Pillar of Wisdom
Extolling the benefits of lifelong learning across a kaleidoscope of disciplines, Munger relished opportunities to tackle new domains.
“Learning has never stopped for Charlie and neither has teaching,” Buffett once remarked of his friend and confidante.
When Munger felt conventional thinking came up short, he devised his own explanatory concepts like the “lollapalooza effect” – an confluence of multiple forces operating in concert to produce outsized outcomes.
Rather than study success stories, Munger fixated on understanding failures and mistakes. He emphasized analyzing decisions not just by their outcomes by also the quality of thought that preceded them.
Speaking engagements featuring Munger became well-known for distilling practical wisdom on life, leadership and decision making. He urged individual investors to expand their “circle of competence” before wading into new areas. And he stressed knowing where that circle ends as much as where it begins.
“Acknowledging what you don’t know is the dawning of wisdom,” Munger said repeatedly over the years.
But with Berkshire as his primary passion later in life, Munger always sought to deflect attention from himself and shine the spotlight on Buffett instead. When queries came his way at shareholder meetings once Buffett had finished speaking, Munger often replied simply:
“I have nothing further to add.”
The Berkshire Blueprint
As one of the world’s most successful capital allocators, Munger always kept the Berkshire balance sheet and the trust of partners, shareholders and regulators as north stars guiding investment decisions.
“Rule number one is never lose money,” he often remarked. “Rule number two is never forget rule number one.”
Rather than engineering flashy deals, Munger embraced simplicity and discipline across operations. At its core, the Berkshire model consists of answering three key questions when deploying its ever-rising pile of cash:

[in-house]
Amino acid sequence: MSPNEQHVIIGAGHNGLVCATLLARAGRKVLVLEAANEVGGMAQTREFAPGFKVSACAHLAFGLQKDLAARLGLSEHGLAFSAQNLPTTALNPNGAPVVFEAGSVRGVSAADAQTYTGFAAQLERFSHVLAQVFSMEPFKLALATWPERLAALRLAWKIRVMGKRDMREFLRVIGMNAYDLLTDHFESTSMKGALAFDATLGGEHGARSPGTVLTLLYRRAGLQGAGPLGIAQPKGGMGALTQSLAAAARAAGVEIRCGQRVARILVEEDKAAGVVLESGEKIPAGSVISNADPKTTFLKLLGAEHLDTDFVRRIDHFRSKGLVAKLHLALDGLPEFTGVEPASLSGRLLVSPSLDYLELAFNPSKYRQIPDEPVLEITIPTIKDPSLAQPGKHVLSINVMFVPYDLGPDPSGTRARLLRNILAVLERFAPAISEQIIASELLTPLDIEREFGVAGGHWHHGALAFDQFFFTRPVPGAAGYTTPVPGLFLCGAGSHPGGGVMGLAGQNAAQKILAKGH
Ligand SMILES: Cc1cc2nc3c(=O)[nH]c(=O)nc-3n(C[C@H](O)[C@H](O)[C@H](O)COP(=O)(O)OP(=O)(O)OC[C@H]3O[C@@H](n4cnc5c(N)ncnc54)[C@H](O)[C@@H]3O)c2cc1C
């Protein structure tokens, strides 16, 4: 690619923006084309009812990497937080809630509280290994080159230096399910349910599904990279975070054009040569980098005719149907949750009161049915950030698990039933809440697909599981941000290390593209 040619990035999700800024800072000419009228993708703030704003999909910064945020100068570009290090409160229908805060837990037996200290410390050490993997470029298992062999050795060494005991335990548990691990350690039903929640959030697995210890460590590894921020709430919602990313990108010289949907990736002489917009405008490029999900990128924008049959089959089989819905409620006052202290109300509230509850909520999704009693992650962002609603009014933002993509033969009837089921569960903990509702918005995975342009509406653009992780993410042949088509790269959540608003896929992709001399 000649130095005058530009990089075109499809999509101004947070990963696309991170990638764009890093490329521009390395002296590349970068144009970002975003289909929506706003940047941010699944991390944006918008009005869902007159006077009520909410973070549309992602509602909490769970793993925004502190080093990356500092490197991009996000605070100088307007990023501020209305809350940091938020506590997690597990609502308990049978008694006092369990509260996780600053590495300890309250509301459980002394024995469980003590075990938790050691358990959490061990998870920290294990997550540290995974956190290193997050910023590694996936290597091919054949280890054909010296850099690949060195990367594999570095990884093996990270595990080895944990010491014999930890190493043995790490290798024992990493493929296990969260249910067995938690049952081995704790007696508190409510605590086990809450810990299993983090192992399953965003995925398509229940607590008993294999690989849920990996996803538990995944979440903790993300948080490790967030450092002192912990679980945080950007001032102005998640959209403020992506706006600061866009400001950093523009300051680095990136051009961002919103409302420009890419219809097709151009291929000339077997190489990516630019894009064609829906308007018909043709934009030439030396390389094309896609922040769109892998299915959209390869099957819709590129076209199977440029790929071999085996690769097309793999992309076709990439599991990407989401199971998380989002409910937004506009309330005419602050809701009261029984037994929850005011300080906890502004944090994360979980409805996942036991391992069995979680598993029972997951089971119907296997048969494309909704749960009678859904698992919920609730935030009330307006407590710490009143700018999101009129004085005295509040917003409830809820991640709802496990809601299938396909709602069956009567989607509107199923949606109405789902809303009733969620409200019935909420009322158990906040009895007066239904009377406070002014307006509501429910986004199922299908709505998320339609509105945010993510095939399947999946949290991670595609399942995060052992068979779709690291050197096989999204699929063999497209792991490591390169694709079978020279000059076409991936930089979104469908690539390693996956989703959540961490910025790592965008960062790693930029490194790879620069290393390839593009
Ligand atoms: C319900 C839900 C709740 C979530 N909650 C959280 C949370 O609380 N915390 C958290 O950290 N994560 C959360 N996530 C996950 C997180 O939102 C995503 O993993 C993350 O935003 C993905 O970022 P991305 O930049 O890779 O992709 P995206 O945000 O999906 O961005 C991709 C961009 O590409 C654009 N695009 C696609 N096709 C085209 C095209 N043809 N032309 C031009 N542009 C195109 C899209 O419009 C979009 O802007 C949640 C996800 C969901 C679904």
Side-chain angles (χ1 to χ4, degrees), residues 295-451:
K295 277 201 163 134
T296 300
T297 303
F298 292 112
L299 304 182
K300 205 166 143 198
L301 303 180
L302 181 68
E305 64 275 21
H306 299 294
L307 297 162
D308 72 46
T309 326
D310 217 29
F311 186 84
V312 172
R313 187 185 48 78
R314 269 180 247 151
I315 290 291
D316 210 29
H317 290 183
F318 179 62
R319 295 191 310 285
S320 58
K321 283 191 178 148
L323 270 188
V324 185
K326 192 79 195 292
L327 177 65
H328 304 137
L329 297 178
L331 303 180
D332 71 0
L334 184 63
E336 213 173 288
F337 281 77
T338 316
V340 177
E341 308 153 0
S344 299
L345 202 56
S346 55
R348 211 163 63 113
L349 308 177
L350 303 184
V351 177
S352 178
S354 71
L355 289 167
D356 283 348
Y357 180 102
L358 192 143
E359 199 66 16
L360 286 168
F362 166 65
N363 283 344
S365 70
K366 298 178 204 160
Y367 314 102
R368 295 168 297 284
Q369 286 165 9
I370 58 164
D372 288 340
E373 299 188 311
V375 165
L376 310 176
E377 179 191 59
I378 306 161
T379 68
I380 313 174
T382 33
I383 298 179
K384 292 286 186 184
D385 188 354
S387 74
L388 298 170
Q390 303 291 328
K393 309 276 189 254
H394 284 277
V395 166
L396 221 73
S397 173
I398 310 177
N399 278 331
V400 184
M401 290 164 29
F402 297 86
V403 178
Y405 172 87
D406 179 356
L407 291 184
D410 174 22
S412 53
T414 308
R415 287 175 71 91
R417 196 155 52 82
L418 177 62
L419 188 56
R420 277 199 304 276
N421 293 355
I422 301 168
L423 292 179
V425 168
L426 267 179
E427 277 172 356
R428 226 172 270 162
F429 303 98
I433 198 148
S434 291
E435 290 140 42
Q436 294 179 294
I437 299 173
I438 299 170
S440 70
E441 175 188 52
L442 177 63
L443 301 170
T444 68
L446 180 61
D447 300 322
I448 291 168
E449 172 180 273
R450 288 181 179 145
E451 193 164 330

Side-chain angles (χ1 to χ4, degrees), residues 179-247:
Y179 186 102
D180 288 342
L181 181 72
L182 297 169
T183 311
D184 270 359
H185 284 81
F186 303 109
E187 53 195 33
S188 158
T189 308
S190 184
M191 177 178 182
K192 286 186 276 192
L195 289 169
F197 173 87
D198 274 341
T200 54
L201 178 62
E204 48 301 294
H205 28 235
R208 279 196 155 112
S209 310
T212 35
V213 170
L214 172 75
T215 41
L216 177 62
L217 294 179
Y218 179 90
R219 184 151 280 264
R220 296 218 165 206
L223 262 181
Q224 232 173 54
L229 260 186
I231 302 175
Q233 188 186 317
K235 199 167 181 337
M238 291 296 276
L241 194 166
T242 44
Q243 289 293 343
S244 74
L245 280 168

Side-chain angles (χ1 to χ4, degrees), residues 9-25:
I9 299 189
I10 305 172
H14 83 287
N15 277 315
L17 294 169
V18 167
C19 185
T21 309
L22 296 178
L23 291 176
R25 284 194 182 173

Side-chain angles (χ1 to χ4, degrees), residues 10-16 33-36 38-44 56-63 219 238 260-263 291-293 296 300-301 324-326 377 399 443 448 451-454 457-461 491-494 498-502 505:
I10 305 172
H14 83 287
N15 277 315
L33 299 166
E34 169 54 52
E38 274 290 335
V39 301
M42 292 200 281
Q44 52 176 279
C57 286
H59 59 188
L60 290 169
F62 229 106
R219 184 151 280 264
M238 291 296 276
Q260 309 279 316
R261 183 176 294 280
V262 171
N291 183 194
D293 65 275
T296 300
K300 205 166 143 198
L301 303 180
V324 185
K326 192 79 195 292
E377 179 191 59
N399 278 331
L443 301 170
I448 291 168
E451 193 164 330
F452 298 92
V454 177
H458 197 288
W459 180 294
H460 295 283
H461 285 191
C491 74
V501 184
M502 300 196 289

- Will this business generate more cash than we pay for it?
- Will we allocate those funds better than current owners?
- Will this company remain a source of value creation 10 to 20 years from now?
The unmanning quest for companies able to “stand the test of time” made Berkshire’s collection of subsidiaries a distinctly durable bunch compared to go-go growth stocks that flare out when business conditions shift.
Peppering conversations with Latin phrases and references spanning centuries, Munger put a high premium on depth and multiple mental models rather than narrow expertise.
“You’ve got to have models in your head,” he stressed. “You’ve got to array your experience – both vicarious and direct – on this latticework of models.”
But that broad perspective didn’t stop Munger from issuing opinions as pointed as one of his cherished box cutter knives.
Take Bitcoin for example. To Munger, the cryptocurrency amounted to nothing but “noxious poison” that enabled “kidnappers and extortionists.”
Munger soured on his alma mater after watchdogs highlighted the outsized admissions advantages given to already-privileged applicants.
“I think Harvard has disgraced itself,” Munger said in 2019.
Formula for Contentment
While Munger clearly reveled intellectual combat, close associates describehim as a genuinely contented person despite – or perhaps because of – the many setbacks he persevered through over nearly a century of life.
In his blueprint for satisfaction, Munger emphasized the power of gratitude and avoiding the kind of resentment that poisons the mind.
“You stay cheerful in spite of your troubles,” he advised. “You deal with reliable people and you do what you’re supposed to do. All these simple rules work so well to make your life better.”
Buffett says living up to the daily expectation of someone like Munger made him a better man over their 63 years side-by-side.
In a relationship spanning nearly the entirety of their adult lives, yet remarkably devoid of arguments, Buffett and Munger made an indelible impact on one another.
Said Buffett: “People find this hard to believe, but in 60 years, we’ve never had an argument. We have disagreed about things and we’ll probably keep occasionally disagreeing about this or that, but if you define an argument where emotion starts entering into it or anger or anything of the sort it just doesn’t, it doesn’t happen.”